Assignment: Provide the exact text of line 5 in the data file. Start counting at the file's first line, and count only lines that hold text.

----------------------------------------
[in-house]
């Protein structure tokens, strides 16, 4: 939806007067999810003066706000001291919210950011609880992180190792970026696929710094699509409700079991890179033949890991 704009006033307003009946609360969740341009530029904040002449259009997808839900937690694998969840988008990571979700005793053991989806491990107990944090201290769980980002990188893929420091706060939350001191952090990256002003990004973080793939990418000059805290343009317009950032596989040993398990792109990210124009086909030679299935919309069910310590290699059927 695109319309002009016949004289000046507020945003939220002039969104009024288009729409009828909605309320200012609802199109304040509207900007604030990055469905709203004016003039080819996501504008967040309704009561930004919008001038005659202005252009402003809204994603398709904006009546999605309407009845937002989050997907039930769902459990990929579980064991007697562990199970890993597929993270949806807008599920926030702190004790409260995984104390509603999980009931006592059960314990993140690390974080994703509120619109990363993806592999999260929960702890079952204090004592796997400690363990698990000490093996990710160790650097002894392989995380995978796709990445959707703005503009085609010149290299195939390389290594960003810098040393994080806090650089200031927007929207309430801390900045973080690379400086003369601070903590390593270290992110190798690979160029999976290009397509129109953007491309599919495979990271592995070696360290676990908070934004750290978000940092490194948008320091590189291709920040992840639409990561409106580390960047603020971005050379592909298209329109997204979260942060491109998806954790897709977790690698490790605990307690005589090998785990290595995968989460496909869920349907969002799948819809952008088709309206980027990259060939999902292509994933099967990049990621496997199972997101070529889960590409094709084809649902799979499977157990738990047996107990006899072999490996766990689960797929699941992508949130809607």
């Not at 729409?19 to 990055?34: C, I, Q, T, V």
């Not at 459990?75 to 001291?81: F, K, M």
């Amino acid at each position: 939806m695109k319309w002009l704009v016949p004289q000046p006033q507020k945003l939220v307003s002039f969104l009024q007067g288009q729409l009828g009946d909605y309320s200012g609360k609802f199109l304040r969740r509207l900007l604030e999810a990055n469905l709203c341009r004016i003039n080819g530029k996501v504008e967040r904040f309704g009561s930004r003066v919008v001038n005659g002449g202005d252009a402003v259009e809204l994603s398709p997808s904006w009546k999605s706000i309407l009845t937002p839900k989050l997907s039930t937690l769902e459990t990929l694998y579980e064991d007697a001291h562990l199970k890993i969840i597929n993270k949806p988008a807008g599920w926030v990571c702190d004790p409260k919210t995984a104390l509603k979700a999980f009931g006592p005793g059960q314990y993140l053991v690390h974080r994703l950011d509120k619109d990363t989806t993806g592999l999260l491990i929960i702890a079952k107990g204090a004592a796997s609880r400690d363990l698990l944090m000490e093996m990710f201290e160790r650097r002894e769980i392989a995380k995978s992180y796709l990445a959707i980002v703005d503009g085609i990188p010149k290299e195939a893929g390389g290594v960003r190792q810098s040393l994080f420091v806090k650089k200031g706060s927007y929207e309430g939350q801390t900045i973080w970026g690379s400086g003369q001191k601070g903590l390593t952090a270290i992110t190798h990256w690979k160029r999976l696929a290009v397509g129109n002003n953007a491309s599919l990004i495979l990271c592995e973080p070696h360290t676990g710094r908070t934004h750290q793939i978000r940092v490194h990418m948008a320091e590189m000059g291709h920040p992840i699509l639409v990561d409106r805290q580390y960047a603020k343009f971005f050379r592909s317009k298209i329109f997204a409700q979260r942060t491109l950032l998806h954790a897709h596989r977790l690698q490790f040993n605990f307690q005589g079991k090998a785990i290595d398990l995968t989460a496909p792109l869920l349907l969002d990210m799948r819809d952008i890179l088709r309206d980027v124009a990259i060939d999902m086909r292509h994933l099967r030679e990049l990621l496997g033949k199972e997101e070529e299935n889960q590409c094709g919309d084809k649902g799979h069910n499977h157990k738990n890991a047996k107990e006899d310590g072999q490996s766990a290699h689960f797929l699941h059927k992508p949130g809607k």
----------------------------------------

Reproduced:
């Amino acid at each position: 939806m695109k319309w002009l704009v016949p004289q000046p006033q507020k945003l939220v307003s002039f969104l009024q007067g288009q729409l009828g009946d909605y309320s200012g609360k609802f199109l304040r969740r509207l900007l604030e999810a990055n469905l709203c341009r004016i003039n080819g530029k996501v504008e967040r904040f309704g009561s930004r003066v919008v001038n005659g002449g202005d252009a402003v259009e809204l994603s398709p997808s904006w009546k999605s706000i309407l009845t937002p839900k989050l997907s039930t937690l769902e459990t990929l694998y579980e064991d007697a001291h562990l199970k890993i969840i597929n993270k949806p988008a807008g599920w926030v990571c702190d004790p409260k919210t995984a104390l509603k979700a999980f009931g006592p005793g059960q314990y993140l053991v690390h974080r994703l950011d509120k619109d990363t989806t993806g592999l999260l491990i929960i702890a079952k107990g204090a004592a796997s609880r400690d363990l698990l944090m000490e093996m990710f201290e160790r650097r002894e769980i392989a995380k995978s992180y796709l990445a959707i980002v703005d503009g085609i990188p010149k290299e195939a893929g390389g290594v960003r190792q810098s040393l994080f420091v806090k650089k200031g706060s927007y929207e309430g939350q801390t900045i973080w970026g690379s400086g003369q001191k601070g903590l390593t952090a270290i992110t190798h990256w690979k160029r999976l696929a290009v397509g129109n002003n953007a491309s599919l990004i495979l990271c592995e973080p070696h360290t676990g710094r908070t934004h750290q793939i978000r940092v490194h990418m948008a320091e590189m000059g291709h920040p992840i699509l639409v990561d409106r805290q580390y960047a603020k343009f971005f050379r592909s317009k298209i329109f997204a409700q979260r942060t491109l950032l998806h954790a897709h596989r977790l690698q490790f040993n605990f307690q005589g079991k090998a785990i290595d398990l995968t989460a496909p792109l869920l349907l969002d990210m799948r819809d952008i890179l088709r309206d980027v124009a990259i060939d999902m086909r292509h994933l099967r030679e990049l990621l496997g033949k199972e997101e070529e299935n889960q590409c094709g919309d084809k649902g799979h069910n499977h157990k738990n890991a047996k107990e006899d310590g072999q490996s766990a290699h689960f797929l699941h059927k992508p949130g809607k």